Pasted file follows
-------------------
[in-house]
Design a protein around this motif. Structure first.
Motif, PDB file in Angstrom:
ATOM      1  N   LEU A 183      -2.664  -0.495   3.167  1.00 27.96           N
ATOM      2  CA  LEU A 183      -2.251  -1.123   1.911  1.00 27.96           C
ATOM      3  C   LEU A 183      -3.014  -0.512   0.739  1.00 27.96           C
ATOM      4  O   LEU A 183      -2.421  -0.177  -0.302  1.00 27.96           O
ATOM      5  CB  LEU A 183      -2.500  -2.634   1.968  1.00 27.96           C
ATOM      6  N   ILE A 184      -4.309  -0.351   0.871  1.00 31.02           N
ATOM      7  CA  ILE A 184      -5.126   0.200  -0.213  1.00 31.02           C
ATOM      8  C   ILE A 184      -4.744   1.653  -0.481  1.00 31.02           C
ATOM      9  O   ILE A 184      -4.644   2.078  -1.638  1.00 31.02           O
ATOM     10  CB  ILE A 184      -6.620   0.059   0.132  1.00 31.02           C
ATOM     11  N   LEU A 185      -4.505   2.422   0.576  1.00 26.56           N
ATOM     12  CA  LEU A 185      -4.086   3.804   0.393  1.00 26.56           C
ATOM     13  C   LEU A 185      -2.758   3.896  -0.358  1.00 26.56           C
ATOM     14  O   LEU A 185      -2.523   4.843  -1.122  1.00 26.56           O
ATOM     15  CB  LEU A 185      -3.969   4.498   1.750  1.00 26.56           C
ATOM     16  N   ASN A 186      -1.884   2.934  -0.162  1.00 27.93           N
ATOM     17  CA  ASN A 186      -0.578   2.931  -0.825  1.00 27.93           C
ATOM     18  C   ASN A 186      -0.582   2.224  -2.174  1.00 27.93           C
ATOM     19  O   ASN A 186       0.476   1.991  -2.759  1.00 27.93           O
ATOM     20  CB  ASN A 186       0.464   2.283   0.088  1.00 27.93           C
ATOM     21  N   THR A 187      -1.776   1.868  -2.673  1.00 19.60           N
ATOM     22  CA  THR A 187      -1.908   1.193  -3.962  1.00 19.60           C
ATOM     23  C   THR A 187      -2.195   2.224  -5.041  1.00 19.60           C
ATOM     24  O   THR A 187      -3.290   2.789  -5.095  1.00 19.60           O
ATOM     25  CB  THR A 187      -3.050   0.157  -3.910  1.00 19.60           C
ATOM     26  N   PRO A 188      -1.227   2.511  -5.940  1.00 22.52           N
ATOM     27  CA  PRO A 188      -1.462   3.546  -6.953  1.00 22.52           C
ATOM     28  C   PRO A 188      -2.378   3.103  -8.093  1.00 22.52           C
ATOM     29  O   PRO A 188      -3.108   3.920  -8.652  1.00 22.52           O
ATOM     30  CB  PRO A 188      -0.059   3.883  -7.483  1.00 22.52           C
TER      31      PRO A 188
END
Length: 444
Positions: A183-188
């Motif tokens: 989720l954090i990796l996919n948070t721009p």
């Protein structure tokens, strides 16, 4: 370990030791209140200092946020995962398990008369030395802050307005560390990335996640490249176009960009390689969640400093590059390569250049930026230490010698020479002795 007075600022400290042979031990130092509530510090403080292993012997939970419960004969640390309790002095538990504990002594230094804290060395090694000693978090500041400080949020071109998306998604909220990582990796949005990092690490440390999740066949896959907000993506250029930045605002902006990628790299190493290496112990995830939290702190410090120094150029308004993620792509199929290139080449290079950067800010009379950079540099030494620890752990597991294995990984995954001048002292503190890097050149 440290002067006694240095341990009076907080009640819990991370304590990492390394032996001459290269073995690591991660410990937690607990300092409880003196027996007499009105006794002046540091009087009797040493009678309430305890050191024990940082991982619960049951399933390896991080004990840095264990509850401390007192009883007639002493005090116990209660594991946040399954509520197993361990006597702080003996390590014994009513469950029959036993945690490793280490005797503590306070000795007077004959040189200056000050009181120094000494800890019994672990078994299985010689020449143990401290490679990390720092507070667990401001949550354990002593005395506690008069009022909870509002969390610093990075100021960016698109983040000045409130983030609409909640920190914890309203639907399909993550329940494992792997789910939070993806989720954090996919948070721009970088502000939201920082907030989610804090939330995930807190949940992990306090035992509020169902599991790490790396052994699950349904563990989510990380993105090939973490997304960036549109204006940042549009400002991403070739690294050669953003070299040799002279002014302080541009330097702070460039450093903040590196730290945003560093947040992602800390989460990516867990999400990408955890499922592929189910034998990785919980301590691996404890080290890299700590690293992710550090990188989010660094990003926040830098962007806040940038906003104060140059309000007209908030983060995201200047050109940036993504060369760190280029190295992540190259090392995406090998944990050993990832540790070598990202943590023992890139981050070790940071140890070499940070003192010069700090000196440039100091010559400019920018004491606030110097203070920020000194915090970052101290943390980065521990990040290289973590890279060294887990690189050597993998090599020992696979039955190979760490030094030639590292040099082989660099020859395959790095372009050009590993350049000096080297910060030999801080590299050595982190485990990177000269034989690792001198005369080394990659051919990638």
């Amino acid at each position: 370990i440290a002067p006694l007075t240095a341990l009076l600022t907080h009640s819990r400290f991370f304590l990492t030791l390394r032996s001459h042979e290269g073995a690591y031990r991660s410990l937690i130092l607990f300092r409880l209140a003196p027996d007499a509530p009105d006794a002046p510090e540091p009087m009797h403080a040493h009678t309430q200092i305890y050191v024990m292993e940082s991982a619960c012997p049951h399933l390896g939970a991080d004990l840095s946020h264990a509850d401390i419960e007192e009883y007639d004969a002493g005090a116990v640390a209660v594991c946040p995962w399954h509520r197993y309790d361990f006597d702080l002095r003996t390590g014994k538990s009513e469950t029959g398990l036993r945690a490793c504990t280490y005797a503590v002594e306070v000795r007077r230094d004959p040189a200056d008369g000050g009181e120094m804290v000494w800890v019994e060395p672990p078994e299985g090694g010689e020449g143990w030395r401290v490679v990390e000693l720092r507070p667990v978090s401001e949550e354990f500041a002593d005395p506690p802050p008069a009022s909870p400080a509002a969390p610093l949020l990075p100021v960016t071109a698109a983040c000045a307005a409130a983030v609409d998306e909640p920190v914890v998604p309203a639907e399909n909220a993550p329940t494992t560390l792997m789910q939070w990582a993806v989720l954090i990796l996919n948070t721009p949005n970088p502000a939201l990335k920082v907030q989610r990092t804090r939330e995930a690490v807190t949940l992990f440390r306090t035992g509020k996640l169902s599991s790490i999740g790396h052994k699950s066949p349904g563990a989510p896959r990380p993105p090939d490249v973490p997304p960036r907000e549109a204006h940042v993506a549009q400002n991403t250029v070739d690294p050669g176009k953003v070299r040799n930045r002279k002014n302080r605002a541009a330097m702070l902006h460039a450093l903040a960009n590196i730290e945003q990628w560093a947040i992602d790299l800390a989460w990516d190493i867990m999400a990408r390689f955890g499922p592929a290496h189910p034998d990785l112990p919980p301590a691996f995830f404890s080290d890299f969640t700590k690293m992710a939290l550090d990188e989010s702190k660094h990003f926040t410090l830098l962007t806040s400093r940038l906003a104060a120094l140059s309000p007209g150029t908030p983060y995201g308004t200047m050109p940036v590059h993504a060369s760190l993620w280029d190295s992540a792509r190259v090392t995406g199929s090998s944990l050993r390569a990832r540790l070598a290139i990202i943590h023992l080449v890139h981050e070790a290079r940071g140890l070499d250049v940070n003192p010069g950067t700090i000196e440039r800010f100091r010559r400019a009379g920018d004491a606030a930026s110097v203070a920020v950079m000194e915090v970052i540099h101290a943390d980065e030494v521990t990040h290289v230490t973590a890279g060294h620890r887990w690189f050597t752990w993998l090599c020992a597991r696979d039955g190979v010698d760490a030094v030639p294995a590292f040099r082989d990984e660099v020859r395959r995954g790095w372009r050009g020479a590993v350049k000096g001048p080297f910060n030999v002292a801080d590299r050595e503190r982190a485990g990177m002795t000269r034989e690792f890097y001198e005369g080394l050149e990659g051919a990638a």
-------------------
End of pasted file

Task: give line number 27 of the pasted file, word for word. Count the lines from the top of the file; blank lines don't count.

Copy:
ATOM     24  O   THR A 187      -3.290   2.789  -5.095  1.00 19.60           O